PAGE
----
The Effects Of Pregnancy On Oral Health
You can always expect your body to go through a lot of changes when you’re expecting, but did you know that some of those changes are to your oral health?
The changing hormone levels of pregnancy actually put expecting mothers at greater risk of developing a variety of oral health issues, including gum disease, enamel erosion, and unusual swellings in the gums.
There’s so much to do in the months leading up to the arrival of a new baby, but that’s no reason to leave brushing and flossing on the back burner, because pregnancy hormones can lead to the tender, swollen gums of gingivitis.
Around 40 percent of pregnant woman have some form of gum disease, and studies have linked pregnancy gingivitis to premature delivery and lower birth weights. Make sure to brush with a soft-bristled toothbrush and floss daily to keep the plaque away from your vulnerable gums.
Morning Sickness And Enamel Erosion
While hormones cause problems for an expectant mom’s gums, morning sickness can cause problems for her teeth. Stomach acid from frequent vomiting, heartburn, or acid reflux eats away at the hard, protective enamel on each tooth. The best way to minimize this effect is to swish with baking soda and water after a bout of morning sickness. This will neutralize any acid left in your mouth before you brush.
Perhaps the weirdest oral health change a pregnant woman can experience is pyrogenic granuloma, or “pregnancy tumors.” The name might sound scary, but these swellings (which often resemble raspberries between the teeth) are not malignant. They most often appear in the second trimester. The dentist can remove them if they’re uncomfortable, but they usually vanish after the baby is born.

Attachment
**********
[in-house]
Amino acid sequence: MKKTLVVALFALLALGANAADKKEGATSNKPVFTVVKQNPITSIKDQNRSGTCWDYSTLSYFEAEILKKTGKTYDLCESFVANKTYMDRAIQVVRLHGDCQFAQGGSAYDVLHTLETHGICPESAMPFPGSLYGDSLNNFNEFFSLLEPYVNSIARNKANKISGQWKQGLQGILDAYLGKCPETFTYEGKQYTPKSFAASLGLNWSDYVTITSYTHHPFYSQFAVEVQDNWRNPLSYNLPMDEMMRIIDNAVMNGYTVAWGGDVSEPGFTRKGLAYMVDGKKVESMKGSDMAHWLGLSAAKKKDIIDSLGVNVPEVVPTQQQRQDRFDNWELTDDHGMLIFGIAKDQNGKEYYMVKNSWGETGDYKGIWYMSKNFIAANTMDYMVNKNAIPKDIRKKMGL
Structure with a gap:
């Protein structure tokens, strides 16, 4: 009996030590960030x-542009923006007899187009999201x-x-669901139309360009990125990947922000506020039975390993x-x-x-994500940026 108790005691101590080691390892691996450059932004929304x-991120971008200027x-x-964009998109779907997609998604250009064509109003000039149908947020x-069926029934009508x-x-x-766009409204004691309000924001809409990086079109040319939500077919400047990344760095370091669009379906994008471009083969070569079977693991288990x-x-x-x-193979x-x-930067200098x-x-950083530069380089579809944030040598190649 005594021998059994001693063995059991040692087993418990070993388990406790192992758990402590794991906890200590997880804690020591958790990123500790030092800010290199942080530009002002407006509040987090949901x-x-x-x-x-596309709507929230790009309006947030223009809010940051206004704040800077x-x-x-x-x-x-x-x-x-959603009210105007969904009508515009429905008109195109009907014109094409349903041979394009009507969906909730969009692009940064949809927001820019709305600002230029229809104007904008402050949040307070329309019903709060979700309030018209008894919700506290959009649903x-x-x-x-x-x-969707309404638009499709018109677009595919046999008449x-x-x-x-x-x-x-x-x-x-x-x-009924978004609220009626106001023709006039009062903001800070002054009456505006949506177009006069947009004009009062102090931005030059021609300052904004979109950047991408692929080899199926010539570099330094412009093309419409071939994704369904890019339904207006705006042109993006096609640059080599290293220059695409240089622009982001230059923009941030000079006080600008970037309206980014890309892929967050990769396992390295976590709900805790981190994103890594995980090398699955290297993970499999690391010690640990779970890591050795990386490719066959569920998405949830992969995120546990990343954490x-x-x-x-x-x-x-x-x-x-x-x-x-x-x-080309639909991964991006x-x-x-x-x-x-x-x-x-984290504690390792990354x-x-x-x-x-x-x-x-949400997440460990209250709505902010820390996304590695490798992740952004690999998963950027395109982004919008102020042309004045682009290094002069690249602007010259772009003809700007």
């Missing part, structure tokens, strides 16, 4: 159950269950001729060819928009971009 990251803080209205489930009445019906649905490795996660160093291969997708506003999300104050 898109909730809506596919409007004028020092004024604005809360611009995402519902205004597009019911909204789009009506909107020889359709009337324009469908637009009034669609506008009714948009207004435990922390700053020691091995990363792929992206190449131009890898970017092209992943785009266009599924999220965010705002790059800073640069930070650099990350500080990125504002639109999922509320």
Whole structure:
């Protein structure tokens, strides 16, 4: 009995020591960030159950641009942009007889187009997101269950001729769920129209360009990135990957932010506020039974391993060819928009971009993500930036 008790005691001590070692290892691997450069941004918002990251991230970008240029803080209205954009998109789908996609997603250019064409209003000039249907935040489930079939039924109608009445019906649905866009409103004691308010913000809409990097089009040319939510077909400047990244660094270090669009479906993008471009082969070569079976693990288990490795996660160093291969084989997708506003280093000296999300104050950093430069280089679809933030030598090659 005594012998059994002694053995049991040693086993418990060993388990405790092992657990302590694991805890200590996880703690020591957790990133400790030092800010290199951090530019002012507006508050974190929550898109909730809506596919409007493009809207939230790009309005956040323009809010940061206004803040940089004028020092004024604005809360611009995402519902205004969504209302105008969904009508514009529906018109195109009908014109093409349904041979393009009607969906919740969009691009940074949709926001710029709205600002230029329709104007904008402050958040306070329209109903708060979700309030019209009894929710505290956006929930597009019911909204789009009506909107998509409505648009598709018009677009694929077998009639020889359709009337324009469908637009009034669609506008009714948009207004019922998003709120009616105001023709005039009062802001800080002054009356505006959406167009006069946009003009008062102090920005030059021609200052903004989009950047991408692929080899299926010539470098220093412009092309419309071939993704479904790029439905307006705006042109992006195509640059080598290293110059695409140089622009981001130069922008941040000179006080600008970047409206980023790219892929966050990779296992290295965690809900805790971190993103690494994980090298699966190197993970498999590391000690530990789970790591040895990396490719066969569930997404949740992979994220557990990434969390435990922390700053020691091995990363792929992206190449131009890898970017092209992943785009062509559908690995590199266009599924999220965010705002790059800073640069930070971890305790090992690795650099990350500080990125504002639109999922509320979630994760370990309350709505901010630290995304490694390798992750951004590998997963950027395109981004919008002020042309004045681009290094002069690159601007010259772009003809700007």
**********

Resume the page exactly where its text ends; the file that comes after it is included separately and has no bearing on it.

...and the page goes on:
Protecting Your Teeth — And Your Baby’s!
In addition to your daily brushing and flossing, what you eat can play a big role in keeping your teeth healthy. Cut back on sugary treats and load up on essential nutrients. Your baby’s teeth start developing in the second trimester, and they need plenty of protein, calcium, phosphorous, and vitamins A, C, and D to grow strong.
Your Dentist Is Your Greatest Resource
One of the best things you can do to protect your oral health during your pregnancy is to visit the dentist. Routine cleanings and checkups are crucial for combating pregnancy gingivitis and making sure everything is staying healthy. If it’s been a while since your last appointment or you expect to be expecting soon, get proactive and schedule your next checkup today!